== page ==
In 2018, Mexico joined the growing list of nations led by populists with the ascent of President Andrés Manuel López Obrador, a leftist who is defying traditions and shaking the status quo. López Obrador, almost universally known by his initials of AMLO, is the first Mexican president not to come from one of two dominant political parties in 89 years. He startled investors and provoked a stock market selloff by canceling a $13 billion plan to build a new Mexico City airport that was to have been the country’s biggest ever infrastructure project.1
He has assailed his predecessors’ free market-oriented policies as “a disaster” and accused the business community of being part of a “mafia of power.” While the Mexican public cheers man-of-the-people gestures like selling the lavish presidential airplane, political scientists worry about steps AMLO has taken to concentrate power, including stacking the courts, cutting regulators’ budgets and pulling funding from non-governmental organizations. “López Obrador is dismantling democracy in
Mexico,” read a recent headline in Bloomberg.2
AMLO’s actions in his first months in office are heightening the anxieties of Mexico’s moneyed and entrepreneurial classes, which may accelerate what has been a steady flow of these Mexicans seeking to abandon the troubled country for the greater security of the United States. For U.S. immigration attorneys, that scenario presents both opportunities and challenges as they find ways to help a growing number of Mexicans navigate a visa process that has become increasingly restrictive under the Trump administration. As the CEO of a firm that prepares business plans for foreigners seeking investor visas in the U.S, I have seen with my own eyes how moneyed Mexicans have been voting with their feet in response to the country’s deteriorating outlook. Business plans are a vital part of the visa application process, helping to make the case that an applicant has a viable business idea that will bring benefits to the U.S.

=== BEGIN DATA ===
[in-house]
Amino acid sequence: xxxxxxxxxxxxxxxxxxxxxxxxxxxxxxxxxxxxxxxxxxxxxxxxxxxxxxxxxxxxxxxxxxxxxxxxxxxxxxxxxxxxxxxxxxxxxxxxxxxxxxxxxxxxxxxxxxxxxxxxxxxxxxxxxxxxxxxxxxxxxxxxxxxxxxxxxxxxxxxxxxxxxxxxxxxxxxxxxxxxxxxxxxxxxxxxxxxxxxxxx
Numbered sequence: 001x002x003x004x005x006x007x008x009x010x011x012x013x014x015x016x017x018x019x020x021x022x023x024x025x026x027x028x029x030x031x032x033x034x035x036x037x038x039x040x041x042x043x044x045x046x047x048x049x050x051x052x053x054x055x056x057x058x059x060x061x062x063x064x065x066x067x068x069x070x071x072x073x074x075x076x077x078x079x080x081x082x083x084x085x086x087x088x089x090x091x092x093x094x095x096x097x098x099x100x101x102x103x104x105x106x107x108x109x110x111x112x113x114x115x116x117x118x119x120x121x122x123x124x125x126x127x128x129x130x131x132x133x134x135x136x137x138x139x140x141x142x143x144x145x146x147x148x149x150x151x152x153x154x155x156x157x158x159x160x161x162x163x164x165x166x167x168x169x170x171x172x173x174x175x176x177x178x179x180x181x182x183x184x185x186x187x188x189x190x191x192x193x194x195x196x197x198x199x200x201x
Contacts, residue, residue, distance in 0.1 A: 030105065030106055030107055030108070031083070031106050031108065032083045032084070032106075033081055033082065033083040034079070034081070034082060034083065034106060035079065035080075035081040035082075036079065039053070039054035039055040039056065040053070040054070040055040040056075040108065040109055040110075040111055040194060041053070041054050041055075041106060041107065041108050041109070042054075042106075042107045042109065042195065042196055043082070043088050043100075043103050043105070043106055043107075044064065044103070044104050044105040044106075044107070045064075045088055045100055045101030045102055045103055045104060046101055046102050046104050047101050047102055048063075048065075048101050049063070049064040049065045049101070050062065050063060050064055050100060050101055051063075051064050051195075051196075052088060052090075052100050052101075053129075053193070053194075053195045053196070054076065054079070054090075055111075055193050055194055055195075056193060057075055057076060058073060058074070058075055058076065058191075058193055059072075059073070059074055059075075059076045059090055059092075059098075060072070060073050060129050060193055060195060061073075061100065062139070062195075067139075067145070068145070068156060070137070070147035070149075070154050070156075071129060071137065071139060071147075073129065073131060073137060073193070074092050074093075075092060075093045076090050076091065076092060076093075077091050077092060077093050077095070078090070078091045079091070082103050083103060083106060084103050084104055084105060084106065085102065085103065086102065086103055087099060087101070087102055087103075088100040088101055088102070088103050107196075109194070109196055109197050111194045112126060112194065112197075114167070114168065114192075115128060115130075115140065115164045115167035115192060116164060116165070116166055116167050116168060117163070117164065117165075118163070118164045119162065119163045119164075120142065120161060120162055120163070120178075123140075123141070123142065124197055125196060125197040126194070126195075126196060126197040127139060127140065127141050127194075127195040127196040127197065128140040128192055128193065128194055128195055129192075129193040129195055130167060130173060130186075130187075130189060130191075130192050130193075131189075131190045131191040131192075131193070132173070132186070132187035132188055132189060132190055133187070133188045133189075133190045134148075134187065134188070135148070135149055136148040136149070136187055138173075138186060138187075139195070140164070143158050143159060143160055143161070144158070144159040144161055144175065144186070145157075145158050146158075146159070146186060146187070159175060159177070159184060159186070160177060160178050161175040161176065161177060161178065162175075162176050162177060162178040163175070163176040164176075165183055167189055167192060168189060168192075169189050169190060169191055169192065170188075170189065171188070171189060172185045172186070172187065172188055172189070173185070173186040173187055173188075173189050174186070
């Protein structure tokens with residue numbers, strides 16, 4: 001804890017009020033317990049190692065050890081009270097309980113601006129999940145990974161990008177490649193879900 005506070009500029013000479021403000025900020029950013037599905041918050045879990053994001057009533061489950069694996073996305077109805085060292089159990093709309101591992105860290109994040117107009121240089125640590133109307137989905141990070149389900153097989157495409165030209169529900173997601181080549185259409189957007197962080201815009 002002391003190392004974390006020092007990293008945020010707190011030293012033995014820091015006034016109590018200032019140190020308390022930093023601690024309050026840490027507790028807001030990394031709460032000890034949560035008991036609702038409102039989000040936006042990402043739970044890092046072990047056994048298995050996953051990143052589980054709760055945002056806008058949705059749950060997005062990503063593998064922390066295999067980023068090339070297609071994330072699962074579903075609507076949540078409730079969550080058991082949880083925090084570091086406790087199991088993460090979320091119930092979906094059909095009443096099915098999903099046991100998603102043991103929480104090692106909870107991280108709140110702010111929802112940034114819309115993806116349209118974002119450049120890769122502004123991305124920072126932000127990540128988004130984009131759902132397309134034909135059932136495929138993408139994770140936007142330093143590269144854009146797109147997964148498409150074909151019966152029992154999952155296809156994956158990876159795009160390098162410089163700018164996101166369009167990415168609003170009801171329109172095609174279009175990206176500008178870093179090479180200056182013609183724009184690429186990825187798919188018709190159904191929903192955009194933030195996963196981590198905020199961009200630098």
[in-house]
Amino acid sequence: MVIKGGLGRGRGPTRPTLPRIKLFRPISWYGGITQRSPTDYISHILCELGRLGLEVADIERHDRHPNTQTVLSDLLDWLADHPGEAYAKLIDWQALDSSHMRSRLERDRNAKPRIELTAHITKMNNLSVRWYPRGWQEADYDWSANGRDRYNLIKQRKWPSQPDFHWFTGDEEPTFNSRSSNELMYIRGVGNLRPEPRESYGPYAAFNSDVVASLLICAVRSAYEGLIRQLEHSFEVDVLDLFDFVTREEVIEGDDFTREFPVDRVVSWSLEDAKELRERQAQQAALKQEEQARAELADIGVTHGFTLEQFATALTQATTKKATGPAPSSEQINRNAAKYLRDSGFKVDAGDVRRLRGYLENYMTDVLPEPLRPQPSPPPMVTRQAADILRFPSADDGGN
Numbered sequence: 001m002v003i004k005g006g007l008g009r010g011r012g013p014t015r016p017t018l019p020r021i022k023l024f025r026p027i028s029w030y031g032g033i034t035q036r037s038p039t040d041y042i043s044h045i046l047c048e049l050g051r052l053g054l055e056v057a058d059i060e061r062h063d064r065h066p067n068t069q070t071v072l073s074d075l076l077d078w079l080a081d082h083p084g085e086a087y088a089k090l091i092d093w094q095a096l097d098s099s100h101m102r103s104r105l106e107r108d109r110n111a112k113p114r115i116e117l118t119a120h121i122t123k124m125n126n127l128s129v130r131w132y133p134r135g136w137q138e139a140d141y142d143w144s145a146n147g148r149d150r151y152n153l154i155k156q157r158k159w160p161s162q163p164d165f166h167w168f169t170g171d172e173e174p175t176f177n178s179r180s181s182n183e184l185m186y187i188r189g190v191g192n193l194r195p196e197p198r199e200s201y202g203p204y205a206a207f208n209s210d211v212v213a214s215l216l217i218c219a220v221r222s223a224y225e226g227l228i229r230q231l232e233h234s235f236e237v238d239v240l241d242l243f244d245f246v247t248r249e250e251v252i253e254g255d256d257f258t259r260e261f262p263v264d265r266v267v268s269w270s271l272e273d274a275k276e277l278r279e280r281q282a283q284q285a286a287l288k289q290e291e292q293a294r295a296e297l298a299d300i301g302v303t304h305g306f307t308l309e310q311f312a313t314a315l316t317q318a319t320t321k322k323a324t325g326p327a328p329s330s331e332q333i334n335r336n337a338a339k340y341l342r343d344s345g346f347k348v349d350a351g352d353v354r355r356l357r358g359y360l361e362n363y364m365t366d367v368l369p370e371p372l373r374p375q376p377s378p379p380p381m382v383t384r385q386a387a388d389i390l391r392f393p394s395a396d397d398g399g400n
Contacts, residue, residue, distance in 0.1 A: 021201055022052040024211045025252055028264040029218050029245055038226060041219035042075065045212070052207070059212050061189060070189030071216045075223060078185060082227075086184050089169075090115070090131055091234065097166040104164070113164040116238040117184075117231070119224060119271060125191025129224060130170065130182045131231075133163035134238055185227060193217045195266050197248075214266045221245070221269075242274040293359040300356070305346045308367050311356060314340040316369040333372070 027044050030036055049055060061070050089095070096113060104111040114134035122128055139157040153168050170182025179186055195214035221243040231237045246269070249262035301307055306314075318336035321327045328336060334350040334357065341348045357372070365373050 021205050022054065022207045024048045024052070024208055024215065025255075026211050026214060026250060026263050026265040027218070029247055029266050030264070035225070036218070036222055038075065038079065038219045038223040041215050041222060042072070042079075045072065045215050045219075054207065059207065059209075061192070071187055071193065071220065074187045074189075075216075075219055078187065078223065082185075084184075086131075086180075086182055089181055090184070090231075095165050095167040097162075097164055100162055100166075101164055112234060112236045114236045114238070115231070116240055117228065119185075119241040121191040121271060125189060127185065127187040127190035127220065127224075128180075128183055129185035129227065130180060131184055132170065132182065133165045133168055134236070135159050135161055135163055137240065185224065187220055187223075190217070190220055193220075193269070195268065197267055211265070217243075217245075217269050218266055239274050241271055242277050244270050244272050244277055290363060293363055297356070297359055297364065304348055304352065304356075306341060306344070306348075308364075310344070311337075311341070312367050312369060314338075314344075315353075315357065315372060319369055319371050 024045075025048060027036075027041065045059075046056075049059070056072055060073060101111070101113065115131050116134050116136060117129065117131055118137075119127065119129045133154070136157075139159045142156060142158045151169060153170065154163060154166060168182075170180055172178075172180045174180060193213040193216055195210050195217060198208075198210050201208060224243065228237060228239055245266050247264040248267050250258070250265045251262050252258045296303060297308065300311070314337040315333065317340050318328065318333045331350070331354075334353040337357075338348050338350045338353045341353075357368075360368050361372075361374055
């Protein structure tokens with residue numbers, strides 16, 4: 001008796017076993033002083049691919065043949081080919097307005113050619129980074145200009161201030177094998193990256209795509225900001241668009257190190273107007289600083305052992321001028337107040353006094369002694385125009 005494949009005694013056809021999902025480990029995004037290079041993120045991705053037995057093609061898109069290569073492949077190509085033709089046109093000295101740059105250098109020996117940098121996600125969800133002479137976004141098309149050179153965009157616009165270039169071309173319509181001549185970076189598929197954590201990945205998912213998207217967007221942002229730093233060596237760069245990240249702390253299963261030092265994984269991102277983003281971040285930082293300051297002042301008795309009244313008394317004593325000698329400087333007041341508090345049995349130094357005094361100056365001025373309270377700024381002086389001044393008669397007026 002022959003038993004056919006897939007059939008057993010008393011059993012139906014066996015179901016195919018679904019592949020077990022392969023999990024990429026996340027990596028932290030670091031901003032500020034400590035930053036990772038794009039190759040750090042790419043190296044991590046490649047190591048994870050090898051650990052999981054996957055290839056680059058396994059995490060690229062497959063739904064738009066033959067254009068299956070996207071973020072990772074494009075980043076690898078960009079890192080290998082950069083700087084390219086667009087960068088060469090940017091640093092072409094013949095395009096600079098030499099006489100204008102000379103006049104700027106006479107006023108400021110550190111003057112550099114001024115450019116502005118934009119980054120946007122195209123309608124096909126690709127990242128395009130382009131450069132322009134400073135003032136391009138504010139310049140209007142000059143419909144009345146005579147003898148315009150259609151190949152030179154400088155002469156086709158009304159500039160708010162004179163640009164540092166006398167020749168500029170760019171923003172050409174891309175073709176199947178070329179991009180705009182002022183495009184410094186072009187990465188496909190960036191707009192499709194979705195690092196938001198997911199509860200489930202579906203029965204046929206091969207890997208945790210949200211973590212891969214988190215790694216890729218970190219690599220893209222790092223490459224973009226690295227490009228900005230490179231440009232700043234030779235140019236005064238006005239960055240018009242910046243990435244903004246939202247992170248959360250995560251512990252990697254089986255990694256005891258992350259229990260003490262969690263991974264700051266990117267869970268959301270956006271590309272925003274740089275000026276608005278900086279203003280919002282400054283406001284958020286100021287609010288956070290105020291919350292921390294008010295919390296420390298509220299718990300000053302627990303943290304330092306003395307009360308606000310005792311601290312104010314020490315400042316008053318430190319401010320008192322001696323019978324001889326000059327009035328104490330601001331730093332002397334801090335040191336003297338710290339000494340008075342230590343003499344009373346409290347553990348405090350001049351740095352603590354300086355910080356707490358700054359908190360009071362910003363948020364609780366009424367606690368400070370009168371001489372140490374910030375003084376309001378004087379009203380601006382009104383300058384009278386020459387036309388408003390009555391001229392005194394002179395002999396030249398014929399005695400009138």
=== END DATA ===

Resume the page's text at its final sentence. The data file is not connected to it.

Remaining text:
Some of the rancor between AMLO and the business class dates to last year’s presidential campaign, when investors openly favored one of the opposing candidates: a devoutly Catholic candidate named Ricardo Anaya and a pro-business candidate named Jose Antonio Meade. The Mexican digital portal SinEmbargo quoted a joke making the rounds in business circles that captured the mood of gallows humor that prevailed before the vote in July 2018.3 If Anaya won, the joke went, there would be a celebration at the Catholic basilica; and if Meade won, there would be a celebration at the Angel of Independence, the statue where Mexicans habitually gather for soccer triumphs. If AMLO won, the punch line went, the celebration would be in the airport — as affluent Mexicans were lining up to leave the country. Of course, AMLO has not been the only push factor prompting Mexicans to seek greener pastures. There have been escalating worries over personal security in a country that has become increasingly rife with killings and kidnappings in the 13 years since it declared war on drug cartels. The drug-related violence has left some 200,000 dead and 35,000 missing.4 AMLO declared the drug war over, but at the same time he created a new national security force.